- Opening and maintaining accounts for many U.S. taxpayer-clients held in the name of non-U.S. corporations, foundations, trusts, or other legal entities (collectively, structures) or non-U.S. relatives, thereby helping such U.S. taxpayers conceal their beneficial ownership of the accounts.
Julius Baer was aware that many U.S. taxpayer-clients were maintaining undeclared accounts at Julius Baer in order to evade their U.S. tax obligations, in violation of U.S. law. In internal Julius Baer correspondence, undeclared accounts held by U.S. taxpayers were at times referred to as "black money," "non W-9," "tax neutral," "unofficial," or "sensitive" accounts.
Julius Baer also advised its bankers to take certain steps to avoid scrutiny from U.S. authorities when travelling to the United States, as well as steps to avoid U.S. law enforcement identifying Julius Baer clients. In a memo entitled "U.S. Clients Do's & Don'ts," circulated internally in 2006, a Julius Baer employee provided client advisers with advice regarding travel to the United States, including:
- "At Immigration . . . When asked by Officer what will you do while in the USA, say Business and of course some leisure, trying to take some time to enjoy your beautiful country. Proud government employees usually love this type of statement.One can throw in skydiving or another fun sport/activity.This tends to shift the questioning away from the business purpose to the 'fun time' part of the trip (carrying a tennis racket also puts the emphasis on "fun and games," and not on business)."
- In regard to communicating while in the U.S.:"Only use mobile phone[s] registered in and operating from Switzerland.Avoid phone calls from hotel to clients.It is recommended to purchase a telephone calling card from the post office, grocery stores, or electronic shops.This allows you to use practically any phone with no specific link left behind.The best is to pay for the calling card in cash.For ex: a 400 minutes local calling card costs less than $50, but the rates can vary.Most cards can also be used to call anywhere abroad."
At its high-water mark in 2007, Julius Baer had approximately $4.7 billion in assets under management relating to approximately 2,589 undeclared accounts held by U.S. taxpayer-clients. From 2001 through 2011, Julius Baer earned approximately $87 million in profit on approximately $219 million gross revenues from its undeclared U.S. taxpayer accounts, including accounts held through structures.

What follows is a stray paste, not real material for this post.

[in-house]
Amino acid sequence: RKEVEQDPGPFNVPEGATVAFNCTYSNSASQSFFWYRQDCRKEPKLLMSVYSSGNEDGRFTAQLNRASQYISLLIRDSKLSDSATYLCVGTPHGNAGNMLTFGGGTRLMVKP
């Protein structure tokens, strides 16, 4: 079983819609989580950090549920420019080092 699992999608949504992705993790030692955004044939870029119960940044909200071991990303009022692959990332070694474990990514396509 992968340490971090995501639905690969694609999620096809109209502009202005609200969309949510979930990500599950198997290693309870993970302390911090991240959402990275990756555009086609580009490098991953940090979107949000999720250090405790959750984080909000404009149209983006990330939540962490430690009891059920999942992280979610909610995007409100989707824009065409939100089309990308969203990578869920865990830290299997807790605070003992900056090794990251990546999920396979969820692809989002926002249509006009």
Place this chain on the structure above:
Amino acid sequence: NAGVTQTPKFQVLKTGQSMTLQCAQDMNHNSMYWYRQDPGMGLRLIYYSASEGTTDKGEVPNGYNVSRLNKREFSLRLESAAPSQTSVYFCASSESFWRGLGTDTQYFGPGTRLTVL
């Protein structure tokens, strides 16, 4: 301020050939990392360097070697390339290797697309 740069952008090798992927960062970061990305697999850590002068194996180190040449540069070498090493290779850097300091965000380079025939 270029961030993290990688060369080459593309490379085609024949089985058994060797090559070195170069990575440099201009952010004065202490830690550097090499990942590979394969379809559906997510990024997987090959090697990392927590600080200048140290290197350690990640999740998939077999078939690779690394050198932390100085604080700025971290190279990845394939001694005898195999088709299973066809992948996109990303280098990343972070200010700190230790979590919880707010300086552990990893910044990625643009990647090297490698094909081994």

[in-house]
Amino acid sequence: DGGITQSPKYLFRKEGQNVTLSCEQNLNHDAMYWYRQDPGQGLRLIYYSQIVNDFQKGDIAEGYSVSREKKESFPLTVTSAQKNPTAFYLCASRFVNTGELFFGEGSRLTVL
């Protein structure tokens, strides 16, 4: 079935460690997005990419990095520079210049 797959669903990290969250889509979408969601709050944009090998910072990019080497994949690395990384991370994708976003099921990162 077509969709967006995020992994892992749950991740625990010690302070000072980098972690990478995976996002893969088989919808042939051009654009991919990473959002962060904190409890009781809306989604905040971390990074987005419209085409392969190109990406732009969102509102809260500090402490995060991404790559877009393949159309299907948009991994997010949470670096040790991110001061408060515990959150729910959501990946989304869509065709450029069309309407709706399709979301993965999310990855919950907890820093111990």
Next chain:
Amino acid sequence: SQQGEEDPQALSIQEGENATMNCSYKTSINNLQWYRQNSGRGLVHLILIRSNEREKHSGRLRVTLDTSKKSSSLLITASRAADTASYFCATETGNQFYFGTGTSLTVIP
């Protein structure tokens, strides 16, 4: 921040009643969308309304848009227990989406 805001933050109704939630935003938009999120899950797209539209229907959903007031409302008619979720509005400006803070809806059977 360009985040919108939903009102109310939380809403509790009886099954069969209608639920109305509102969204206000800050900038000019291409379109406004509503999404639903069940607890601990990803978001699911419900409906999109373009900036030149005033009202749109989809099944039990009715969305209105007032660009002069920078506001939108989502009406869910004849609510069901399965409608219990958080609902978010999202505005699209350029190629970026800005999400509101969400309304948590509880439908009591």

Julius Baer's Blocked Effort to Self-Report, Acceptance of Responsibility, and Cooperation in the Government Investigation
Notwithstanding its lucrative criminal conduct, by at least 2008, Julius Baer began to implement institutional policy changes to cease providing assistance to U.S. taxpayers in violating their U.S. legal obligations. For example, by November 2008, the company began an "exit" plan for U.S. client accounts that lacked evidence of U.S. tax compliance. In that same month, Julius Baer imposed a prohibition on opening accounts for any U.S. clients without a Form W-9.
Additionally, in November 2009, before Julius Baer became aware of any U.S. investigation into its conduct, Julius Baer decided proactively to approach U.S. law enforcement authorities regarding its conduct relating to U.S. taxpayers. Prior to self-reporting to the Department of Justice, Julius Baer notified its regulator in Switzerland of its intention to contact U.S. law enforcement authorities. This Swiss regulator requested that Julius Baer not contact U.S. authorities in order not to prejudice the Swiss government in any bilateral negotiations with the United States on tax-related matters. Accordingly, Julius Baer did not, at that time, self-report to U.S. law enforcement authorities.
After ultimately engaging with U.S. authorities, Julius Baer has taken exemplary actions to demonstrate acceptance and acknowledgement of responsibility for its conduct. Julius Baer conducted a swift and robust internal investigation, and furnished the U.S. government with a continuous flow of unvarnished facts gathered during the course of that internal investigation. As part of its cooperation, Julius Baer also, among other things, (1) successfully advocated in favor of a decision provided by the Swiss Federal Council in April 2012 to allow banks under investigation by the U.S. Department of Justice to legally produce employee and third-party information to the department, and subsequently produced such information immediately upon issuance of that decision; and (2) encouraged certain employees, including specifically Frazzetto and Casadei, to accept responsibility for their participation in the conduct at issue and cooperate with the ongoing investigation.
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Casadei, 52, a Swiss citizen, and Frazzetto, 42, an Italian and Swiss citizen, each pleaded guilty to one count of conspiracy to defraud the IRS, to evade federal income taxes and to file false federal income tax returns. Casadei and Frazzetto each face a statutory maximum sentence of five years in prison. The statutory maximum sentence is prescribed by Congress and is provided here for informational purposes only, as any sentences imposed on the defendants will be determined by the judge.
Casadei and Frazzetto are each scheduled to be sentenced before Judge Swain on Aug. 12, 2016.
Acting Assistant Attorney General Ciraolo and U.S. Attorney Bharara praised the outstanding investigative work of IRS-CI and the Department's Tax Division for their significant assistance in the investigation. Acting Assistant Attorney General Ciraolo and U.S. Attorney Bharara also thanked the U.S. Department of Homeland Security for their assistance with the case.
This case is being handled by the U.S. Attorney's Office of the Southern District of New York Complex Frauds and Cybercrime Unit. Assistant U.S. Attorneys Jason H. Cowley and Sarah E. Paul are in charge of the prosecution.
[Source: DOJ, Office of Public Affairs, Tax Division, 04Feb16]
Corruption and Organized Crime